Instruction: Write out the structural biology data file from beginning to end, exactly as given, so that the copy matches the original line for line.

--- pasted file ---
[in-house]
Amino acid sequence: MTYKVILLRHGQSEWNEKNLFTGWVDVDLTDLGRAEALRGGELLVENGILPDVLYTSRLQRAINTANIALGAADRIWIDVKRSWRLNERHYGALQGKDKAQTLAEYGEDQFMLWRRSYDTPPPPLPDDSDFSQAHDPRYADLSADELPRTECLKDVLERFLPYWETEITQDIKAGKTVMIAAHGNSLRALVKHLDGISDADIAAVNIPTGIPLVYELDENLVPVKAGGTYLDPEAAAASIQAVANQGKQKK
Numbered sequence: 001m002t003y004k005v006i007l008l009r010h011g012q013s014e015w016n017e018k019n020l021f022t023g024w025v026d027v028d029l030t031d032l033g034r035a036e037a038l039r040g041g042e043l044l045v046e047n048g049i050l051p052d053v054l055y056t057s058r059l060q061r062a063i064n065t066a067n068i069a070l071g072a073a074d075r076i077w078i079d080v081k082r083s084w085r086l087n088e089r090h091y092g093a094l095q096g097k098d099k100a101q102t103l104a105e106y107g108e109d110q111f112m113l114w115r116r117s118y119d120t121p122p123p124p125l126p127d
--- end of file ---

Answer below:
[in-house]
Amino acid sequence: MTYKVILLRHGQSEWNEKNLFTGWVDVDLTDLGRAEALRGGELLVENGILPDVLYTSRLQRAINTANIALGAADRIWIDVKRSWRLNERHYGALQGKDKAQTLAEYGEDQFMLWRRSYDTPPPPLPDDSDFSQAHDPRYADLSADELPRTECLKDVLERFLPYWETEITQDIKAGKTVMIAAHGNSLRALVKHLDGISDADIAAVNIPTGIPLVYELDENLVPVKAGGTYLDPEAAAASIQAVANQGKQKK
Numbered sequence: 001m002t003y004k005v006i007l008l009r010h011g012q013s014e015w016n017e018k019n020l021f022t023g024w025v026d027v028d029l030t031d032l033g034r035a036e037a038l039r040g041g042e043l044l045v046e047n048g049i050l051p052d053v054l055y056t057s058r059l060q061r062a063i064n065t066a067n068i069a070l071g072a073a074d075r076i077w078i079d080v081k082r083s084w085r086l087n088e089r090h091y092g093a094l095q096g097k098d099k100a101q102t103l104a105e106y107g108e109d110q111f112m113l114w115r116r117s118y119d120t121p122p123p124p125l126p127d